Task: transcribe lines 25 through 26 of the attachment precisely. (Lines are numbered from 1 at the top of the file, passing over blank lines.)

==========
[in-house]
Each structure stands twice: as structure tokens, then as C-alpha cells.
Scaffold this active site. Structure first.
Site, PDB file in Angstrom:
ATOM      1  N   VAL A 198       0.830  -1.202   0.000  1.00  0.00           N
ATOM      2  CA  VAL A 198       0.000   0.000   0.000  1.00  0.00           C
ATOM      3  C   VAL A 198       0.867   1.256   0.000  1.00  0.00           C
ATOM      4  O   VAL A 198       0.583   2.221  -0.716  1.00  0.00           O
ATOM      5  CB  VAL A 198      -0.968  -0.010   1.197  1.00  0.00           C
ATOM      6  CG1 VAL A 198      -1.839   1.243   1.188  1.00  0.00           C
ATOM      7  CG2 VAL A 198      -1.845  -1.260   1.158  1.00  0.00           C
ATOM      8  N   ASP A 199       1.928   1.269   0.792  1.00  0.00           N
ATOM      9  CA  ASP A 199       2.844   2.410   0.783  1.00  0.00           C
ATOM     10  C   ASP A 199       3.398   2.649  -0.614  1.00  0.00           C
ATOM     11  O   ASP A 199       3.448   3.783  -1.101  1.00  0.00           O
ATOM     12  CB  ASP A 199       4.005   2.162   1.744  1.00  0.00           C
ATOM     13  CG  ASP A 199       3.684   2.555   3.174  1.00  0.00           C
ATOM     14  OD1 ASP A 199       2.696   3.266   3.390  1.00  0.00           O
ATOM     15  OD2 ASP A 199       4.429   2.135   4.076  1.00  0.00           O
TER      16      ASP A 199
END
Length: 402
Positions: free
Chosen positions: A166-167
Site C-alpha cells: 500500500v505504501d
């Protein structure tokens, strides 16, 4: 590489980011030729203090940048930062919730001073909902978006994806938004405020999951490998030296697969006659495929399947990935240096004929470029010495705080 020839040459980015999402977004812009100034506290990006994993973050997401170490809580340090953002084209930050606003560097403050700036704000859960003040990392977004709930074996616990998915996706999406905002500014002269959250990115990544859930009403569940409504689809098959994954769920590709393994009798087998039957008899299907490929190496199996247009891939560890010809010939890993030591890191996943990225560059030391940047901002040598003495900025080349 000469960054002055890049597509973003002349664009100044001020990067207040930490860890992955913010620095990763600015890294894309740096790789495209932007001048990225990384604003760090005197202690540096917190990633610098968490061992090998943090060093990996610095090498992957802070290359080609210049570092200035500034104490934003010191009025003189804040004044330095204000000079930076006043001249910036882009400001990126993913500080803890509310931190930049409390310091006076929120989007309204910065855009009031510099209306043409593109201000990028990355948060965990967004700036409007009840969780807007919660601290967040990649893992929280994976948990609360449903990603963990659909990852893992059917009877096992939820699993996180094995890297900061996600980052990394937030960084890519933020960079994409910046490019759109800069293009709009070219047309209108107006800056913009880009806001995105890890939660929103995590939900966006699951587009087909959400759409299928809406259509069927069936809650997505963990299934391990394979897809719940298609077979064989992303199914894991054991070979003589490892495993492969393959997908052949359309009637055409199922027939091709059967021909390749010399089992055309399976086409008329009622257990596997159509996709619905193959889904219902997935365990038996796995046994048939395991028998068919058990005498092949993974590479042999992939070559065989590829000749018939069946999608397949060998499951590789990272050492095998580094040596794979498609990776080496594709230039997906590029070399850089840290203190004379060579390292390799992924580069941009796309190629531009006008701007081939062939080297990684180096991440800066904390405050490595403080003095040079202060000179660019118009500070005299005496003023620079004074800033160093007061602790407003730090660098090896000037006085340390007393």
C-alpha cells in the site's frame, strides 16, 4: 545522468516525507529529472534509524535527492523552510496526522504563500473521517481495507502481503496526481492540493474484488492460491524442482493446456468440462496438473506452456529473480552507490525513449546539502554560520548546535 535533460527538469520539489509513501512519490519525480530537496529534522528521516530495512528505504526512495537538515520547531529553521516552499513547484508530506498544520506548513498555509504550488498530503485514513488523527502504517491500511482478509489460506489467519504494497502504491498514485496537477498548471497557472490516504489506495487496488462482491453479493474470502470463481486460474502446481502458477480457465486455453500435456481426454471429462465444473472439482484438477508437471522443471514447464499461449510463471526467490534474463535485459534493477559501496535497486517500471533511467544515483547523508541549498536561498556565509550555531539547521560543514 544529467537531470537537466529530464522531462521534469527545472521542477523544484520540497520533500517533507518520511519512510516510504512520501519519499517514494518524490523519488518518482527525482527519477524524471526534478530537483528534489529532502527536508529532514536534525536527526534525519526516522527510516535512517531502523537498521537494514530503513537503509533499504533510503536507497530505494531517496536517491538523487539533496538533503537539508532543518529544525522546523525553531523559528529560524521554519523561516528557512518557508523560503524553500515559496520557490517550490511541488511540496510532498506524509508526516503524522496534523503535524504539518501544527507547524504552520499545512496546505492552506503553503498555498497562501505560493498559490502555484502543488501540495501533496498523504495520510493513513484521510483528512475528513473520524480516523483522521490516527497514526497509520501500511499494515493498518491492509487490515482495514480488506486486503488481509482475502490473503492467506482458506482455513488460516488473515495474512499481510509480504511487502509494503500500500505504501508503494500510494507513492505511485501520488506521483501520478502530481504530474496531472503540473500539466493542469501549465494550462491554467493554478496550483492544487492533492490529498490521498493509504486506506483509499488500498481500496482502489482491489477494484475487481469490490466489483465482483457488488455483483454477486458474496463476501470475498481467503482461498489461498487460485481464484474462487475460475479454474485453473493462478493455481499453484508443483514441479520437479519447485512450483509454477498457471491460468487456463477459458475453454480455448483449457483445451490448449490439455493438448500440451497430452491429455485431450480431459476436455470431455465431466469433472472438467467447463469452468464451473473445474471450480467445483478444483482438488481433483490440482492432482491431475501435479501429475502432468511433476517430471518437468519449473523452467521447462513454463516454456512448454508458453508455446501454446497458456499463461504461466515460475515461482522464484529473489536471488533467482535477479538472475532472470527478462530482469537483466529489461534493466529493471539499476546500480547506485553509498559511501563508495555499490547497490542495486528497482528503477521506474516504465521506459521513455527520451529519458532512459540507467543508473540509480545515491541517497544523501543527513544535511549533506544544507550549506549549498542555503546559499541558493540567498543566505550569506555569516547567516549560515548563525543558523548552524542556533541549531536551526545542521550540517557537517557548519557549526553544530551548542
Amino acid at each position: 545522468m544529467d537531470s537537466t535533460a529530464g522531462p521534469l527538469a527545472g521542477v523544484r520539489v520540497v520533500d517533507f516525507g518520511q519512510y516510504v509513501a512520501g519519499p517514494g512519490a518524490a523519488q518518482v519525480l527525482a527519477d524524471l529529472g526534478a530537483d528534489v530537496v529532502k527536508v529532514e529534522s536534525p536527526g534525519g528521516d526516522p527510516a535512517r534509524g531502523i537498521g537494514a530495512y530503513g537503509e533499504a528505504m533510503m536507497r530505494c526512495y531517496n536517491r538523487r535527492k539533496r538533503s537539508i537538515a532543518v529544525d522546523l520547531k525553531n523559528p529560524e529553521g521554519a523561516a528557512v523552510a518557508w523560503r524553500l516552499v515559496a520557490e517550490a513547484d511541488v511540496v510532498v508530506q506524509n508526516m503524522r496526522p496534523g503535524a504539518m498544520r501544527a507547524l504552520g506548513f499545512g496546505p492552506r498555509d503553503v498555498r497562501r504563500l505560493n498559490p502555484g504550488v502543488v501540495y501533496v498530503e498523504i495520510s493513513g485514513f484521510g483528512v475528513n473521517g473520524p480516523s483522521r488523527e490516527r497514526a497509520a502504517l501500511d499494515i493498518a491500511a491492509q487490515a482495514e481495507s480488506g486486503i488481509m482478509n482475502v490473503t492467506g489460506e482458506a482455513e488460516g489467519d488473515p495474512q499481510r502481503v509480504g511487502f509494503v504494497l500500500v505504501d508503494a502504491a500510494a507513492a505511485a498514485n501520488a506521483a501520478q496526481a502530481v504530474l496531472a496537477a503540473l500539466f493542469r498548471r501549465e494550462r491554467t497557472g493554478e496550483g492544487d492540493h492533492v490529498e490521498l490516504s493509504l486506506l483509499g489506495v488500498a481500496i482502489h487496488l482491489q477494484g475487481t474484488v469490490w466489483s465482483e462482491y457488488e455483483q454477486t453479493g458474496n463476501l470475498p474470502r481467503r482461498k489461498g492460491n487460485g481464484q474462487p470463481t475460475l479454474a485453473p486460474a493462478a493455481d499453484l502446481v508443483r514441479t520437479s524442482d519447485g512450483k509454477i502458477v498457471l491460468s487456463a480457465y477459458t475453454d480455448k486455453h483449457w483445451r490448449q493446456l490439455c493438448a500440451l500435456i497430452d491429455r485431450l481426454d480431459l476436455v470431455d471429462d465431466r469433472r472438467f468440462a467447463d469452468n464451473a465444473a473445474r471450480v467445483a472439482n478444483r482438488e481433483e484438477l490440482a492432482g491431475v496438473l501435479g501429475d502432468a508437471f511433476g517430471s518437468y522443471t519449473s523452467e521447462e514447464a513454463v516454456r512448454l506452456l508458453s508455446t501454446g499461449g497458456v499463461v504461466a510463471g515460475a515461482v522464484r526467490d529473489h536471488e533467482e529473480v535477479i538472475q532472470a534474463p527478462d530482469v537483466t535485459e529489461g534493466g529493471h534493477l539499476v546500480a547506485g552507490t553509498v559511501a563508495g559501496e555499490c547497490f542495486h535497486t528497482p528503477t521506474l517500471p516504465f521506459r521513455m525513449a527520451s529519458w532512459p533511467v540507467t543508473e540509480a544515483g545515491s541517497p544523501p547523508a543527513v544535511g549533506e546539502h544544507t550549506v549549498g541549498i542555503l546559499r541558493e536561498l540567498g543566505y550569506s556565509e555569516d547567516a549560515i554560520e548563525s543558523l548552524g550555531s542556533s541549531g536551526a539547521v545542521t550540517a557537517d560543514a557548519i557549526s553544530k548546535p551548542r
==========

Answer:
Site C-alpha cells: 500500500v505504501d
């Protein structure tokens, strides 16, 4: 590489980011030729203090940048930062919730001073909902978006994806938004405020999951490998030296697969006659495929399947990935240096004929470029010495705080 020839040459980015999402977004812009100034506290990006994993973050997401170490809580340090953002084209930050606003560097403050700036704000859960003040990392977004709930074996616990998915996706999406905002500014002269959250990115990544859930009403569940409504689809098959994954769920590709393994009798087998039957008899299907490929190496199996247009891939560890010809010939890993030591890191996943990225560059030391940047901002040598003495900025080349 000469960054002055890049597509973003002349664009100044001020990067207040930490860890992955913010620095990763600015890294894309740096790789495209932007001048990225990384604003760090005197202690540096917190990633610098968490061992090998943090060093990996610095090498992957802070290359080609210049570092200035500034104490934003010191009025003189804040004044330095204000000079930076006043001249910036882009400001990126993913500080803890509310931190930049409390310091006076929120989007309204910065855009009031510099209306043409593109201000990028990355948060965990967004700036409007009840969780807007919660601290967040990649893992929280994976948990609360449903990603963990659909990852893992059917009877096992939820699993996180094995890297900061996600980052990394937030960084890519933020960079994409910046490019759109800069293009709009070219047309209108107006800056913009880009806001995105890890939660929103995590939900966006699951587009087909959400759409299928809406259509069927069936809650997505963990299934391990394979897809719940298609077979064989992303199914894991054991070979003589490892495993492969393959997908052949359309009637055409199922027939091709059967021909390749010399089992055309399976086409008329009622257990596997159509996709619905193959889904219902997935365990038996796995046994048939395991028998068919058990005498092949993974590479042999992939070559065989590829000749018939069946999608397949060998499951590789990272050492095998580094040596794979498609990776080496594709230039997906590029070399850089840290203190004379060579390292390799992924580069941009796309190629531009006008701007081939062939080297990684180096991440800066904390405050490595403080003095040079202060000179660019118009500070005299005496003023620079004074800033160093007061602790407003730090660098090896000037006085340390007393």